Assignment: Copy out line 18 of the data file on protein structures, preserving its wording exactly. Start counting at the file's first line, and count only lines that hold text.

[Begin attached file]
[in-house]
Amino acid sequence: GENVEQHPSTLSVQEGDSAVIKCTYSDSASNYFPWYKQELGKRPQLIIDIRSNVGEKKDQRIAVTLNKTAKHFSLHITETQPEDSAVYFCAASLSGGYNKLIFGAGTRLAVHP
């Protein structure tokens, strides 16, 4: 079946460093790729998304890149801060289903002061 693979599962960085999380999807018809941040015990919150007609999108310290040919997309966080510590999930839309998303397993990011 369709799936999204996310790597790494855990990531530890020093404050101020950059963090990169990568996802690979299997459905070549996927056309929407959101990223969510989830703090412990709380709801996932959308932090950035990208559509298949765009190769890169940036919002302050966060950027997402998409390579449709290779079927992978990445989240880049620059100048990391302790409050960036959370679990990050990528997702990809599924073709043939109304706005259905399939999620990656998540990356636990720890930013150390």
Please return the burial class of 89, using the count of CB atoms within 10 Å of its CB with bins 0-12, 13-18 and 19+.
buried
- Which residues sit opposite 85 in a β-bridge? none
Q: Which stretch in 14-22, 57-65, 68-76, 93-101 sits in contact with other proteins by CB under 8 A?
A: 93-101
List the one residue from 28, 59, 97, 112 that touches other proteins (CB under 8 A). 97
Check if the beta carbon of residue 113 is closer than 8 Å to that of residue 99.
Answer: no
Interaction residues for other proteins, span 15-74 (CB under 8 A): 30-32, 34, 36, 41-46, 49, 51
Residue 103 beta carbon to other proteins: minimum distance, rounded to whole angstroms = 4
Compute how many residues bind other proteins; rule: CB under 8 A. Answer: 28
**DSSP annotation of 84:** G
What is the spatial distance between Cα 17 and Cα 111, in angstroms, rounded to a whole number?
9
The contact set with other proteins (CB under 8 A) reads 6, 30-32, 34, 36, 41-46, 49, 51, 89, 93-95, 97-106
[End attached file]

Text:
The contact set with other proteins (CB under 8 A) reads 6, 30-32, 34, 36, 41-46, 49, 51, 89, 93-95, 97-106